AppDynamics, a six-year-old, San Francisco-based company whose application performance management software helps large companies monitor and manage their software environments, has raised up to $50 million in venture debt, according to Venture Capital Dispatch. The money comes from Silicon Valley Bank. More here.
Concurrent, a six-year-old, San Francisco-based company that develops big data applications that help its enterprise customers run their data processing apps, has raised $10 million in Series B funding led by Bain Capital Ventures. Earlier investors Rembrandt Venture Partners and True Ventures also participated in the round, which brings Concurrent’s total funding to $15 million.
Edai, an eight-year-old, Chengdu, China-based peer-to-peer lending company that operates both online and features retail stores in China, has raised $10 million from Softbank China, according to Tech in Asia, which has much more on the story here.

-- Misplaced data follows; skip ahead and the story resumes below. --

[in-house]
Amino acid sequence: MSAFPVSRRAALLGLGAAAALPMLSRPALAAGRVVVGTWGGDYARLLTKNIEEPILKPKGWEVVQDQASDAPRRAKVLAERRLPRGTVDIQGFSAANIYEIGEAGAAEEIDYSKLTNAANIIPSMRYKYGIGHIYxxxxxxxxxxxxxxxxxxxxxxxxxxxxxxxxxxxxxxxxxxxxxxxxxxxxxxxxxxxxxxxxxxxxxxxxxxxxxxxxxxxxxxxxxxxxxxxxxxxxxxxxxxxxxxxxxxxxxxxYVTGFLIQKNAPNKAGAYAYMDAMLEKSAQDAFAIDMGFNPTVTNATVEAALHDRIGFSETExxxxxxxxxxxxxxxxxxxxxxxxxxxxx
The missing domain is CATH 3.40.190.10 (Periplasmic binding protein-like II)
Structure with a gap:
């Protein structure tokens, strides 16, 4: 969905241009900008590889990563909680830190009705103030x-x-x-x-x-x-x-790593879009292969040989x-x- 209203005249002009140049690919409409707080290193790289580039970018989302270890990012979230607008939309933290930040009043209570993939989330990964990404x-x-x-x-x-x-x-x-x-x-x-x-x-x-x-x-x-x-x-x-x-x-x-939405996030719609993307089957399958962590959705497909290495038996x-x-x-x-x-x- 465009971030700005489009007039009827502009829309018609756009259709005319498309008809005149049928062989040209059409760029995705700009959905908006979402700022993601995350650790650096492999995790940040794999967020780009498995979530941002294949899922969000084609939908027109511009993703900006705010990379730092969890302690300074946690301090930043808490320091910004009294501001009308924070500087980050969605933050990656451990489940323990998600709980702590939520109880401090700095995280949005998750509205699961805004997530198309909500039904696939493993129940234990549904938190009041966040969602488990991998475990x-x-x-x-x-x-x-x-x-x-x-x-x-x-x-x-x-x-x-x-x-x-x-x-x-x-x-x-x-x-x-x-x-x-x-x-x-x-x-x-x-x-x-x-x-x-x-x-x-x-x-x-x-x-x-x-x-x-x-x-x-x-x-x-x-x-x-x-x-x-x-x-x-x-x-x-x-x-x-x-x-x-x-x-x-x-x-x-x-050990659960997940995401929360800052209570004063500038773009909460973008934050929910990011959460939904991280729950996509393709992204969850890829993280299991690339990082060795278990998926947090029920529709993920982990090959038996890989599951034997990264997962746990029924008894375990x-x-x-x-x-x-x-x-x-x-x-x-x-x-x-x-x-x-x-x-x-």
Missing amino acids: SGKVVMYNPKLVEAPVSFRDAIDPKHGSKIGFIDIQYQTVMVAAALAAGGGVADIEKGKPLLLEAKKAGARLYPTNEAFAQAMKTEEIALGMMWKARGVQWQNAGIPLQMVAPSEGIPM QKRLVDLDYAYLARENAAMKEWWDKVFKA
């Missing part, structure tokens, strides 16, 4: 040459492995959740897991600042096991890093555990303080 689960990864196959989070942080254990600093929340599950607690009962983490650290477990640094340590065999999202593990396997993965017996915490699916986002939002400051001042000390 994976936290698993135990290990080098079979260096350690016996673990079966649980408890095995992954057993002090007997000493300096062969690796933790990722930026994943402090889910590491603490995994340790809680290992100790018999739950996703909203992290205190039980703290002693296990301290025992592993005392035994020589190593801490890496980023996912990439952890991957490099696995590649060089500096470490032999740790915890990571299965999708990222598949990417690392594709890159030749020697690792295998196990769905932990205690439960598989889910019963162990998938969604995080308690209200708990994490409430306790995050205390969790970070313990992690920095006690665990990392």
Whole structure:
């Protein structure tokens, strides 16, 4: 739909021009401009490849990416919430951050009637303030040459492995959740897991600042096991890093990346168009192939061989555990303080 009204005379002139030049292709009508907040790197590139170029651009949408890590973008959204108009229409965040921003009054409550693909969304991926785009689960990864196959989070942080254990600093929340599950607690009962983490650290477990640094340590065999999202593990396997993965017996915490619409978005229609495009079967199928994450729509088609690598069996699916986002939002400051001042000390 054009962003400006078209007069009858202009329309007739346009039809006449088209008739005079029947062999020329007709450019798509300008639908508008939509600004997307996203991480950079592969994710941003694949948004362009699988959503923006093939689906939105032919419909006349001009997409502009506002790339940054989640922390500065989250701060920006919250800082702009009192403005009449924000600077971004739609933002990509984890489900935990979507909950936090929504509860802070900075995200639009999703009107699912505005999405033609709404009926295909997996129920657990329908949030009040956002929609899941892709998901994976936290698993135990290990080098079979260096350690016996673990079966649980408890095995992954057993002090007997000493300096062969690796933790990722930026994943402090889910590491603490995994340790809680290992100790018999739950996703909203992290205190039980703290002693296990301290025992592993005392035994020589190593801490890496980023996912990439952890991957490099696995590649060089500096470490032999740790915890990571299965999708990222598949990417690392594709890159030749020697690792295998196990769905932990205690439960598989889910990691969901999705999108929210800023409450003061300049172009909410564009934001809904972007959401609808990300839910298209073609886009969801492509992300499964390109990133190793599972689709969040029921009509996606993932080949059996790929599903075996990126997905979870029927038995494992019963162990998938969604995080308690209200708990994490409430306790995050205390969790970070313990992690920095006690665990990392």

FluGen, a seven-year-old, Madison, Wi.-base biopharmaceutical company specializing in the prevention and treatment of seasonal and pandemic influenza, has raised $3.2 million in new funding, shows an SEC filing. The company has raised at least $6.5 million to date.
Fortscale Security, a two-year-old, Tel Aviv-based company that’s trying to make it easier for companies to run big data analytics for cyber security, regardless of their technical know-how, has raised $10 million in Series A funding led by Intel Capital and Blumberg Capital. Earlier investors, including Swarth Group, also participated in the round, part of which will be used to relocate the company’s headquarters to New York.
Govtoday, a six-year-old, Greater Manchester, England-based digital media platform dedicated to delivering the latest public sector and government news in the U.K., has raised $837,000 in new funding from Osprey Capital, along with the Greater Manchester Loan Fund. The company has raised a little more than $3 million altogether, shows Crunchbase.
PerBlue, a six-year-old, Madison, Wi.-based mobile game developer, has raised $3 million in venture capital from investors, including Lightbank. PerBlue previously raised $800,000 from Golden Angels Investors and individual investors.